Paddy’s Day highest grossing day for US bars
St Patrick’s Day is the equivalent of the pot of gold at the end of the rainbow for US bars and restaurants according to a new Nielsen report which found that the Irish holiday sees the highest grossing day of the year for US bars and restaurants.
27 March 2019 | 0
Last year, compared with an average day, beer sales grew 174% on St Patrick’s Day and spirits sales rose 153%.
In fact one-third of 15,000 US consumers surveyed through Nielsen CGA’s On-Premise User Survey analysis said they visit a bar or restaurant on St Patrick’s Day, marking this a major bar/restaurant holiday, sitting just behind New Year’s Eve, the Super Bowl and St Valentine’s Day.
While the popularity of St Patrick’s Day may not surprise many, Nielsen CGA has uncovered new insights that bring to light significant opportunities for US bars and restaurants.
The beer beyond
During St Patrick’s Day last year, beer sales increased by 20% from the previous weekend, with pubs and bars seeing uplifts of 57% compared with dining locations, which saw an uplift of just 7%. Unsurprisingly, national stout sales rose significantly: up 141% versus the previous weekend.
In Chicago, stouts saw an uplift of 688% and in Boston, a historically Irish American city, stout sales jumped 355% from the previous week.
In looking across the country, Chicago was a major beer sales winner on St Patrick’s Day in 2018. On-trade establishments in Chicago (inclusive of everything from small neighbourhood bars and Irish pubs to restaurants and nightclubs) made, on average, $8,287 on beer sales alone. That’s 221% higher than the previous Saturday and up by over $5,180 on Boston bars which came in in second place with sales of about $3,100.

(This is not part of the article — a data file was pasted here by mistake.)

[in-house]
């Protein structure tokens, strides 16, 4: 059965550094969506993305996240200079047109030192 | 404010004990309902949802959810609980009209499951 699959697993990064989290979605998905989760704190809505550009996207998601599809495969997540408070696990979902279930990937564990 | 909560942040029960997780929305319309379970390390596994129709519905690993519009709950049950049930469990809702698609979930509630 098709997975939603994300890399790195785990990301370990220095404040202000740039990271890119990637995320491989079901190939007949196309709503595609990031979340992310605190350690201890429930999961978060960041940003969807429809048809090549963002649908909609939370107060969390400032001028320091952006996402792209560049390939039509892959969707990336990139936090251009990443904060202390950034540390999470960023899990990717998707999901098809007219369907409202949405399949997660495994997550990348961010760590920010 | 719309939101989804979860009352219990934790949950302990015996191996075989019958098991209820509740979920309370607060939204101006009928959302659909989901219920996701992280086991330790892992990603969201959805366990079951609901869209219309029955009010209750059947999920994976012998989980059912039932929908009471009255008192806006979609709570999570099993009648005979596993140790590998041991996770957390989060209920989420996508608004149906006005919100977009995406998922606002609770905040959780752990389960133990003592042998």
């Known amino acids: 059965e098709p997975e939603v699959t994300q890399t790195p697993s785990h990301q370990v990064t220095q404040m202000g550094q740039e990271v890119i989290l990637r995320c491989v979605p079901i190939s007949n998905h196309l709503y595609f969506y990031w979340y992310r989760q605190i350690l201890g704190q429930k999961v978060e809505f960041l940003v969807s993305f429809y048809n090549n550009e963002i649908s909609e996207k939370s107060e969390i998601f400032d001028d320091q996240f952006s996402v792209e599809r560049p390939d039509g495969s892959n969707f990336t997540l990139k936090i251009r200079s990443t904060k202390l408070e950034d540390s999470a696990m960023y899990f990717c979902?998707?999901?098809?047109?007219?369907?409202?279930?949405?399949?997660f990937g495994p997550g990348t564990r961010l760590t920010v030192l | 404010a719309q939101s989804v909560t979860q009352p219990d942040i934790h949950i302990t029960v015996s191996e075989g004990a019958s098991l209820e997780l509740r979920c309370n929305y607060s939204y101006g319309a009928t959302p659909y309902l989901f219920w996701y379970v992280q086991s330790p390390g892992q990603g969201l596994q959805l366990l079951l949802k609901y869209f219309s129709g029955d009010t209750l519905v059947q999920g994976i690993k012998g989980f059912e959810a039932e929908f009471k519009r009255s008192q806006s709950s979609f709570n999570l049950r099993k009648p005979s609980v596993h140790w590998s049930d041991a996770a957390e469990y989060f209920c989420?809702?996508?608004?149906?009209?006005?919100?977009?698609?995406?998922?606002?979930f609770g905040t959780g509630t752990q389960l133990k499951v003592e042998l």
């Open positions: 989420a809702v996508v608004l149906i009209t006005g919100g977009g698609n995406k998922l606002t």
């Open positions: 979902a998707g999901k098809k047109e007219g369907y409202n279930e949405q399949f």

Irish Whiskey up too
But beer isn’t the only sales driver on St Patrick’s Day, points out Nielsen, “We continue to see growth opportunities in Irish whiskey. In fact, it’s the fastest-growing whiskey type across US bars and restaurants, generating almost $2.1 billion in sales over the last 52 weeks, representing an annual increase of 5.9%. In 2018, March was the strongest month for Irish whiskey, driving sales of $190 million, up 6% from the previous year and up 22% from the previous four-week period”.
Cider sales were also up by 46%.
St Patrick’s Day sales
St Patrick’s Day is also a day where drinking can (and often does) occur throughout the day.
“When we look at the different times of the day, brunch (9am-11am) showed the strongest growth for beer vs the previous weekend, particularly on St Patrick’s Day itself, when brunch beer sales surged 1,465%.
“Despite the growing prowess of brunch, Happy Hour still proves the most valuable day part for beer during St Patrick’s Day weekend. Although consumers visit bars and restaurants earlier on St Patrick’s Day, the mid-afternoon day part (3pm-5pm) drove an increase of 122% in sales and a 12% increase from the previous Saturday which highlights that consumers still wait for this part of the day to take advantage of the deals offered.
“This latest analysis of 2018’s St Patrick’s Day performance shows that it isn’t just beer that wins; establishments can win with consumers with other categories, too. For many, the key is to activate at the right time of day, with the right type of offering.
“In a time when experience is key” concludes Nielsen, “many consumers look to calendar moments such as St Patrick’s Day to visit a bar or restaurant.
“Having a well-stocked event calendar (and bar) can be a great driver of traffic into bars and restaurants.”
And despite being on a Sunday this year, Nielsen believed that the industry had every right to be optimistic that this year’s St Patrick’s Day celebrations would stretch across the whole weekend.
In the UK sales of Guinness, Murphy’s and Beamish were up 78% in the run-up to St Patrick’s Day according to shopping insight company Criteo, reports drinksBusiness.
“West Country city Bristol lead the charge after seeing sales rise 244%, with Dorset, only a stone’s throw away, clocking up sales of 144%. This list of top 20 regions for St Patrick’s Day was dominated by counties in the South of England – but London didn’t even make the top 10,” it stated, pointing out that apart from London (home to around a third of the UK’s Irish population), the more traditionally Irish-centric regions of Scotland did.